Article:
Lo­cal Po­lice left out of US Train­ing Ex­er­cise Again!

The Star (St. Lucia) - - LOCAL -

By Toni Ni­cholas

With the is­sue of IMPACS still un­re­solved it came as lit­tle sur­prise that mem­bers of the Royal Saint Lu­cia Po­lice Force have not been in­vited to par­tic­i­pate in this year’s Tradewinds ex­er­cise funded by the United States of Amer­ica.

A press re­lease from the US Em­bassy in Bar­ba­dos this week in­di­cates that “be­gin­ning Sun­day, June 5, mil­i­tary and se­cu­rity forces from Caribbean na­tions will join the United States, Canada, France, and the United King­dom for mar­itime and in­ter­nal se­cu­rity and dis­as­ter re­sponse train­ing in Gre­nada as part of Ex­er­cise Tradewinds 2016.”

Ac­cord­ing to the em­bassy state­ment this year’s Ex­er­cise Tradewinds will be con­ducted in three phases: Phase I will in­clude mar­itime and land op­er­a­tions, and will take place in Gre­nada through June 14; Phase II will in­clude mar­itime and land op­er­a­tions, in­clud­ing U.S. Marines, and will take place in Ja­maica from June 20-28; Phase III, a Key Leader Sem­i­nar, will be con­ducted July 20-22 in Mi­ami for key stake­hold­ers and de­ci­sion mak­ers from the re­gion.

“Ex­er­cise Tradewinds sup­ports the Caribbean Basin Se­cu­rity Ini­tia­tive (CBSI), a U.S. Depart­ment of State re­gional se­cu­rity part­ner­ship. Phases I and II are de­signed to con­duct joint, in­ter­a­gency ca­pac­ity build­ing ex­er­cises for par­tic­i­pat­ing na­tions. Those ex­er­cises fo­cus on in­creas­ing re­gional co­op­er­a­tion in com­plex, multi­na­tional se­cu­rity op­er­a­tions, hu­man­i­tar­ian as­sis­tance, and dis­as­ter re­sponse op­er­a­tions,” the state­ment reads.

“Tradewinds sup­ports U.S. and re­gional ob­jec­tives to im­prove re­gional se­cu­rity and en­ables all par­tic­i­pants to col­lab­o­rate and learn from each other,” said Ad­mi­ral Kurt W. Tidd, Com­man­der of U.S. South­ern Com­mand. “More­over, Tradewinds will have lon­glast­ing ben­e­fits to all the par­tic­i­pants. More than likely, some of the re­la­tion­ships and friend­ships forged through this ex­er­cise will re­sult in fu­ture in­ter­ac­tions that will al­ready have a foun­da­tion to build upon.”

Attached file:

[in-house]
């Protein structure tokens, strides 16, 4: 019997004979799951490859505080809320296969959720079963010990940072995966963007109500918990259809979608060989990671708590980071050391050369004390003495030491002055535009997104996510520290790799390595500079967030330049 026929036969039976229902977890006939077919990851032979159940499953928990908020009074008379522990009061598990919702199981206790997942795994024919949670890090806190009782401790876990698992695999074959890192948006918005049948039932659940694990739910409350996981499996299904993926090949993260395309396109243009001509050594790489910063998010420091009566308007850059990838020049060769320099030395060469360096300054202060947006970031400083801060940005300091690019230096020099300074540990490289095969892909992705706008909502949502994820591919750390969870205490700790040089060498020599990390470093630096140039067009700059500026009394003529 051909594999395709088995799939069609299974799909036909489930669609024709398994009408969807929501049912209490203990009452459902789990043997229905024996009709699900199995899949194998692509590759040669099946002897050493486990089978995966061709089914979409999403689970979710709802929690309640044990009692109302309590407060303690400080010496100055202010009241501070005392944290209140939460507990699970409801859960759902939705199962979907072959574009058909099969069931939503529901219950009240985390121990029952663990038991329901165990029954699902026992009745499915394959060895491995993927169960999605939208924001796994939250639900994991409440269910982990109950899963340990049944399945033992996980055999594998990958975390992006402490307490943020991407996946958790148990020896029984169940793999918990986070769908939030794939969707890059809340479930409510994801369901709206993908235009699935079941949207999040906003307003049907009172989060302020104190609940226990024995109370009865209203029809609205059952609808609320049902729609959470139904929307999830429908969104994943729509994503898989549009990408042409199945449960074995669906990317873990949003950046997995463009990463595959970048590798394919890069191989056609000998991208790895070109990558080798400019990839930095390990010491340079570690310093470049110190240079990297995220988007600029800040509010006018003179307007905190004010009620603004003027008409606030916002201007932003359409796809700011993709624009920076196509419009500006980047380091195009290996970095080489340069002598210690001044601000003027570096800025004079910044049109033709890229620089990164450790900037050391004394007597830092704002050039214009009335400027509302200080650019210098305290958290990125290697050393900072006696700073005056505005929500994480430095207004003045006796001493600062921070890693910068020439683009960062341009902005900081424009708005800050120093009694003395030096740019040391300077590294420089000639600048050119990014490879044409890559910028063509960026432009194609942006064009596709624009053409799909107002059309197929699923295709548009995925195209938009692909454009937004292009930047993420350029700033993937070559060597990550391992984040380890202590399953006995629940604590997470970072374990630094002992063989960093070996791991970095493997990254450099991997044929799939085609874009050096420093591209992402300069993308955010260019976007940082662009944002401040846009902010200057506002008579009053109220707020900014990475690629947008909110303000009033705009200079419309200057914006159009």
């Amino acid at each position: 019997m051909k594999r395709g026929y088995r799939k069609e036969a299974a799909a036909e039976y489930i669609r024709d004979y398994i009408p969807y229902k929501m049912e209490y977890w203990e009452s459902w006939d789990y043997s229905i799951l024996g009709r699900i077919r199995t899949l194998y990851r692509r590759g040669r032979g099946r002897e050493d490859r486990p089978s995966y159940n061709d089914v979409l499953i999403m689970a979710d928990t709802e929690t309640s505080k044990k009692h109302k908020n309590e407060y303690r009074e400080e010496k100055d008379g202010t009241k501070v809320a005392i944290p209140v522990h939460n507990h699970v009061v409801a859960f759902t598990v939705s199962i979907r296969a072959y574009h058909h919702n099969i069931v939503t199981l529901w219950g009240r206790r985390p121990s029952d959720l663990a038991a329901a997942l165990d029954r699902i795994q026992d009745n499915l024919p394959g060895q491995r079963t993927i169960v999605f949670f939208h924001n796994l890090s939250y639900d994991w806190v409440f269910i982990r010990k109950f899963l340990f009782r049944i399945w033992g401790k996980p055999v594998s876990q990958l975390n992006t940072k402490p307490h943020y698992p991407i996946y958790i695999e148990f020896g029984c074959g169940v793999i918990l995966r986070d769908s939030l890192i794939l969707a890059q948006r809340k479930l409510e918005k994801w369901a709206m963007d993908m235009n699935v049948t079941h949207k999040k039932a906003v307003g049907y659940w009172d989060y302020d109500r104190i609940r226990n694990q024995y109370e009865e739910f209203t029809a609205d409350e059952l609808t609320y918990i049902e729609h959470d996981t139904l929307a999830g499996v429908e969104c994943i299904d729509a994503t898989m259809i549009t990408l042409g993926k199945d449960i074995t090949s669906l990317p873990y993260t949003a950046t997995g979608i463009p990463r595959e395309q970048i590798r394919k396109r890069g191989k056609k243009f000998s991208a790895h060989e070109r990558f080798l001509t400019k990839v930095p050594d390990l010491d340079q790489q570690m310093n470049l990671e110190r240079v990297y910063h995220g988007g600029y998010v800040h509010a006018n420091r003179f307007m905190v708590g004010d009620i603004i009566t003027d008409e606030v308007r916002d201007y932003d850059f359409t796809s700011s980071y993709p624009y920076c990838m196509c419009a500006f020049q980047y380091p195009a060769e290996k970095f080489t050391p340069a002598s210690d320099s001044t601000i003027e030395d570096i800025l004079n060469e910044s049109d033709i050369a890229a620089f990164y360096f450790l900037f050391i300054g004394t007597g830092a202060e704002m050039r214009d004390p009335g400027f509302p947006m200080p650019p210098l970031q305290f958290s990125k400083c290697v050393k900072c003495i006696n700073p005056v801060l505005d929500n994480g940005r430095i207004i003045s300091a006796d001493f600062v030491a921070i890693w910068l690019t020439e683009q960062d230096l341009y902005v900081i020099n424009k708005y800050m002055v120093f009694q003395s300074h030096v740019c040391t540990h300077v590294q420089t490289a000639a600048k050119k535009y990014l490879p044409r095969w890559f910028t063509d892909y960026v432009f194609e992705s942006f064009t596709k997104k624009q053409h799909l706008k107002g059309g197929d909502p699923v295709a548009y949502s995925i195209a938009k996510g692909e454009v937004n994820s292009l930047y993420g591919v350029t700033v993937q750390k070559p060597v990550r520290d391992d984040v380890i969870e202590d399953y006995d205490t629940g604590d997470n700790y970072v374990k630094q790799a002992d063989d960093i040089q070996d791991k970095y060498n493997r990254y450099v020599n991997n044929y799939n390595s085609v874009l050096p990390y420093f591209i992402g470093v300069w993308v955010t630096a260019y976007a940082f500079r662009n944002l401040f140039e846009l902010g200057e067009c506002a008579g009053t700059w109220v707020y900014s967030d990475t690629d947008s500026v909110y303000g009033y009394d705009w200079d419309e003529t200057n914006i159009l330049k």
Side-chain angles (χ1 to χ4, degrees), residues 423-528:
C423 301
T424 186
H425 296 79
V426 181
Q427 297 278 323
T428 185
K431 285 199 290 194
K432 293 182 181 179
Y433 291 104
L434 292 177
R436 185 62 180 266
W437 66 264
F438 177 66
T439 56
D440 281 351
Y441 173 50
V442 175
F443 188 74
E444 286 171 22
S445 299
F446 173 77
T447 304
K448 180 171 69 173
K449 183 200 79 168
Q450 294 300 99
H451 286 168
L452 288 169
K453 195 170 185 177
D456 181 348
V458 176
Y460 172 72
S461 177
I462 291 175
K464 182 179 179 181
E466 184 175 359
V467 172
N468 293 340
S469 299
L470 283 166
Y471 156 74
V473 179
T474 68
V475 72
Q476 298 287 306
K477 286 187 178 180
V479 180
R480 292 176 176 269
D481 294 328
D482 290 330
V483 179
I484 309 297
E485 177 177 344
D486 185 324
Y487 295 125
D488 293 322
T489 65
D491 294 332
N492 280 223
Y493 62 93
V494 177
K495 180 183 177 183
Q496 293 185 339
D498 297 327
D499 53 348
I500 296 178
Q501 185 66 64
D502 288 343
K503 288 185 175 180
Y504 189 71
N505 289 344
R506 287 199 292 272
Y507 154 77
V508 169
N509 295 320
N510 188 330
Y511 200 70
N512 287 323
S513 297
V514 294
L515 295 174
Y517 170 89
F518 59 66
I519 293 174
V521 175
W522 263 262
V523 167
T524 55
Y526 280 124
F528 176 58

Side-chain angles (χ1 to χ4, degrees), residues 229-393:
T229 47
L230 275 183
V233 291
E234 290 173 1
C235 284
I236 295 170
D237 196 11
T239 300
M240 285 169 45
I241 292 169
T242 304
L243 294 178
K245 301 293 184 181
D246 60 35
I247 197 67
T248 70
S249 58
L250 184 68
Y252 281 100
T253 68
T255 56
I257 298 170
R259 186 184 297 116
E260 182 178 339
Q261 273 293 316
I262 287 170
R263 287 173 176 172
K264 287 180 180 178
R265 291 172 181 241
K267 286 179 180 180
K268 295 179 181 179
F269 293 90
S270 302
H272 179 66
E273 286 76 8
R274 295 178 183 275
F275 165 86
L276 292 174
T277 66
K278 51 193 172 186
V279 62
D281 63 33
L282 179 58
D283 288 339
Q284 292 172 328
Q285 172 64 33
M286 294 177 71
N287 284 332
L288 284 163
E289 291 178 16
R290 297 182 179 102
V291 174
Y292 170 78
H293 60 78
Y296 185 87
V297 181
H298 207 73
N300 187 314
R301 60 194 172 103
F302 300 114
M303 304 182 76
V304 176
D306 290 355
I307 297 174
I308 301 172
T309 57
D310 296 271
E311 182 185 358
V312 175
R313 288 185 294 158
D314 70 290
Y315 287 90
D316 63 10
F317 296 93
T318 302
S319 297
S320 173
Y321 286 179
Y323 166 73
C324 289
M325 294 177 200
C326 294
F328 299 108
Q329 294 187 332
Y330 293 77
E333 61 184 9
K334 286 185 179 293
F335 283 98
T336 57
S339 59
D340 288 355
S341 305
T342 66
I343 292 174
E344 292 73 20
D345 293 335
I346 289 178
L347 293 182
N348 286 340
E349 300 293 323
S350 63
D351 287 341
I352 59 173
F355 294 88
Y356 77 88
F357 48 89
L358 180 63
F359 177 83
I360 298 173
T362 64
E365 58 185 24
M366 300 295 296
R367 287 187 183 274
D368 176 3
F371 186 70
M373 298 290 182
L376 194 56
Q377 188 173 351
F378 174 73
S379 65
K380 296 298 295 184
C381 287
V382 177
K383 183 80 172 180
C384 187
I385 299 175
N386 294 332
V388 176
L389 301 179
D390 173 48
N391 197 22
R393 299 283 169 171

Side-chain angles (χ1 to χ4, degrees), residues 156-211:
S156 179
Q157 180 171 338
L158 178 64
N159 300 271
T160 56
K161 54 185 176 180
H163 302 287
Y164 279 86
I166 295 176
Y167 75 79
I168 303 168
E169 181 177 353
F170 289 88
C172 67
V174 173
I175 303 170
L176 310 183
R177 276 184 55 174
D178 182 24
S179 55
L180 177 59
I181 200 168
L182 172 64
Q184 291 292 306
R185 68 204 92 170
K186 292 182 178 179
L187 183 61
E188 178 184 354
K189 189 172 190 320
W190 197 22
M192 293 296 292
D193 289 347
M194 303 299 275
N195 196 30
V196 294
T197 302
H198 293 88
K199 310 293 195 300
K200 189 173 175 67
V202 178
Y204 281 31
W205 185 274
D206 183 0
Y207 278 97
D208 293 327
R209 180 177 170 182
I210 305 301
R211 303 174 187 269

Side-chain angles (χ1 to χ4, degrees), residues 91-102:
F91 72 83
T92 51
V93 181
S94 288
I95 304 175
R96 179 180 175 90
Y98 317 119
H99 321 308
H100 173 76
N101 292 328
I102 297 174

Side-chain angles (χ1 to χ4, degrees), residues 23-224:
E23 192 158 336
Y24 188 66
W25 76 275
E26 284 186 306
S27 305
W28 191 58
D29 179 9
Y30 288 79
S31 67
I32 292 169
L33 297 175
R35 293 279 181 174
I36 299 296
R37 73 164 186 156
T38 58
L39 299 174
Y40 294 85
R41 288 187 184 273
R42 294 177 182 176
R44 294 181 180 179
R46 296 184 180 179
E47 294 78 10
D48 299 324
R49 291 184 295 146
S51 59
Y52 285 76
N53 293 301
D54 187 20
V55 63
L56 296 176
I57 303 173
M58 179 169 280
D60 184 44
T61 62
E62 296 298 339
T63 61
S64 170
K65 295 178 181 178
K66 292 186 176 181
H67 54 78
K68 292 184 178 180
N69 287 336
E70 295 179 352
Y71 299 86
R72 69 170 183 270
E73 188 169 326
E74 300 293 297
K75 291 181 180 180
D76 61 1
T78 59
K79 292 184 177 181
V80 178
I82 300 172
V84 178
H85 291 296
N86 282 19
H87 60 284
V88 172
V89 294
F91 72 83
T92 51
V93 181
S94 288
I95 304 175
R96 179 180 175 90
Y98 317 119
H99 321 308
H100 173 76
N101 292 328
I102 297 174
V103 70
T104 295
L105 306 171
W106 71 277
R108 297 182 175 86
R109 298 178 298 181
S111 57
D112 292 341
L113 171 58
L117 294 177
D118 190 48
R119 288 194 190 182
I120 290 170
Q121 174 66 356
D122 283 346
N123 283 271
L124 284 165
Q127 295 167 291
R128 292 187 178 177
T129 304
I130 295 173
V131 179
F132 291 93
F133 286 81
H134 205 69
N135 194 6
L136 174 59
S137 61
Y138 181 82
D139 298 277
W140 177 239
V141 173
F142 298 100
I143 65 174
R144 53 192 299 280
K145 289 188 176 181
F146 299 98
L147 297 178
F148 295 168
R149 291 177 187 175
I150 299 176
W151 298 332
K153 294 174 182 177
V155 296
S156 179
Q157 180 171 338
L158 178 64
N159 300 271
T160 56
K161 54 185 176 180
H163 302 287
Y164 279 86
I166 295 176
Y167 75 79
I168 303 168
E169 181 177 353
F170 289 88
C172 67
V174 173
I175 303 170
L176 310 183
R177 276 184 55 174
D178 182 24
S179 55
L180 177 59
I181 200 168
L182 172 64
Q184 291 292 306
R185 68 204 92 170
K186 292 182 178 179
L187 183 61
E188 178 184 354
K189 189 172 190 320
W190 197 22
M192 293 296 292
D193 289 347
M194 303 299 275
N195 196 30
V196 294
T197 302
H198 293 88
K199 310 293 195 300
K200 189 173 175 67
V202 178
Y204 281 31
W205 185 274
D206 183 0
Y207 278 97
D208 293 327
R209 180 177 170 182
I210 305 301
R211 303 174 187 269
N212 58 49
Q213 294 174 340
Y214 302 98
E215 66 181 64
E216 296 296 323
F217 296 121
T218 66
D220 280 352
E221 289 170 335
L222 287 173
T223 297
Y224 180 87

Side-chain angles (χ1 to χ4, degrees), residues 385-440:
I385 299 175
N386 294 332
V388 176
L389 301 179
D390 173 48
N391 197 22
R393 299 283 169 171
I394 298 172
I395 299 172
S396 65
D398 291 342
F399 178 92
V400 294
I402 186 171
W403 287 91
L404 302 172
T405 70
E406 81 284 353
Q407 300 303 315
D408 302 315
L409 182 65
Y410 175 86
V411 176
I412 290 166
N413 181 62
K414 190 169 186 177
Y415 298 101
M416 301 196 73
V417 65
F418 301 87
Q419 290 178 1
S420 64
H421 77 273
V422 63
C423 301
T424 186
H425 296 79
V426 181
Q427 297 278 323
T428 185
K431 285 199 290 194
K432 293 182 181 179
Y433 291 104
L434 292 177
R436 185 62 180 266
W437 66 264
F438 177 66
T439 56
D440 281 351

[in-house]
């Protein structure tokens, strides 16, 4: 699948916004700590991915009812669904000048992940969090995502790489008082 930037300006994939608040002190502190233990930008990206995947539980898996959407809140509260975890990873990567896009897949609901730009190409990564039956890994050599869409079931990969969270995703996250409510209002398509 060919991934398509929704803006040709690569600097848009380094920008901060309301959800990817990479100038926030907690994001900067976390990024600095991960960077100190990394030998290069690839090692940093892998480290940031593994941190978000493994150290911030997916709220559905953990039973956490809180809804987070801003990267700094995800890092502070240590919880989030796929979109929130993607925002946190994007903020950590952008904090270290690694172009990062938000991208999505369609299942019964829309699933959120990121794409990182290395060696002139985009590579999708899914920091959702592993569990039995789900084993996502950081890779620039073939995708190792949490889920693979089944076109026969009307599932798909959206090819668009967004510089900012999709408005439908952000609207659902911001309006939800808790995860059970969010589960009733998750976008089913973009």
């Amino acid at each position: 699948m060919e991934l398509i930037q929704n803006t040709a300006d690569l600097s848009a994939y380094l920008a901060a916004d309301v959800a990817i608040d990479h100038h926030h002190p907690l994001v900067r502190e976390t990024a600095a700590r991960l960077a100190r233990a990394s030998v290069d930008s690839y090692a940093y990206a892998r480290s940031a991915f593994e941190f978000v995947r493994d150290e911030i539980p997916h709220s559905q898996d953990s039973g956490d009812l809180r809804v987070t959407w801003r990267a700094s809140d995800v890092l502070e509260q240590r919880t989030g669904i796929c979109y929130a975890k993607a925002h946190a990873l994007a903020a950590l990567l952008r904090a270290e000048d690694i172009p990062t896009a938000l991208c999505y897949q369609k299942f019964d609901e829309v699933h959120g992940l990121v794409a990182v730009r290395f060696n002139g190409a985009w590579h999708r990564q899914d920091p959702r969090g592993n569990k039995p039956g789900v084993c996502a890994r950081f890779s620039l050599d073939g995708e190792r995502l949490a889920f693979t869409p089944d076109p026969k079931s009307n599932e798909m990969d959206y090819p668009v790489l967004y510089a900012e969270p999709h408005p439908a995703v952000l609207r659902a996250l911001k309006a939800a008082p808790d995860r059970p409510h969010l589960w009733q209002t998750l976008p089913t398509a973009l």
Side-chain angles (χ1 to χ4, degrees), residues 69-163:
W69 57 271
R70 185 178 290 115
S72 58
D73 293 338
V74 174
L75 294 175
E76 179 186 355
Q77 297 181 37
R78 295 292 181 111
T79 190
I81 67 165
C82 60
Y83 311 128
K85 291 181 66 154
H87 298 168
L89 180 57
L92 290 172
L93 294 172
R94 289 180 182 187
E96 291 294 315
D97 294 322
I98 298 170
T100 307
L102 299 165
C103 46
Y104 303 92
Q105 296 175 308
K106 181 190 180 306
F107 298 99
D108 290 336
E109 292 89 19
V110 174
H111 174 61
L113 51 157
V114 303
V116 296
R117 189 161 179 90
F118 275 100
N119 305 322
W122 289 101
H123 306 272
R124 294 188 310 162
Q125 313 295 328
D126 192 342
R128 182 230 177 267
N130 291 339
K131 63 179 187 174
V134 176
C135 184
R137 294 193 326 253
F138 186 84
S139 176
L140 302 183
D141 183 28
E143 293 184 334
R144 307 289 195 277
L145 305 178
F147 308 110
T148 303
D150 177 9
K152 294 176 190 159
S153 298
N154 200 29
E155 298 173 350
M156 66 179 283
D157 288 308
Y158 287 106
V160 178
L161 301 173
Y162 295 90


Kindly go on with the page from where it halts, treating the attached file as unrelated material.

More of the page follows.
Mil­i­tary and se­cu­rity per­son­nel from 13 Caribbean Com­mu­nity (CARICOM) mem­ber states — An­tigua and Bar­buda, Ba­hamas, Bar­ba­dos, Belize, Do­minica, Gre­nada, Guyana, Haiti, Ja­maica, St. Kitts and Ne­vis, Suri­name, St. Vin­cent and the Gre­nadines, Trinidad and Tobago — will join mil­i­tary per­son­nel from the United States, Canada, France, and the United King­dom for Phase I of Ex­er­cise Tradewinds 2016.

Par­tic­i­pat­ing re­gional or­ga­ni­za­tions in­clude the Re­gional Se­cu­rity Sys­tem (RSS), Caribbean Dis­as­ter Emer­gency Man­age­ment Agency (CDEMA), and CARICOM.

Since 2013 the United States has sus­pended as­sis­tance to Saint Lu­cia be­cause of 12 po­lice killings in 2011. The State Depart­ment said then that there has been only “lim­ited progress” in in­ves­ti­gat­ing the killings. This prompted the IMPACS in­ves­ti­ga­tion by prime min­is­ter Kenny An­thony who in 2015 ac­knowl­edged re­ceipt of a re­port from in­ves­ti­ga­tors. Since then there have been no le­gal pro­ceed­ings based on the find­ings, prompt­ing mount­ing pres­sure from the US, as well as the EU, for the gov­ern­ment of Saint Lu­cia to pro­ceed on the mat­ter.

The sus­pen­sion of aid to Saint Lu­cia stems from the “Leahy Amend­ment” which bans as­sis­tance “to any unit of the se­cu­rity forces of a for­eign coun­try if the Sec­re­tary of State has cred­i­ble in­for­ma­tion that such unit has com­mit­ted a gross vi­o­la­tion of hu­man rights.”

How much longer will Saint Lu­cia have to wait be­fore its Po­lice Force is al­lowed to re­join re­gional ex­er­cises funded by the United States?

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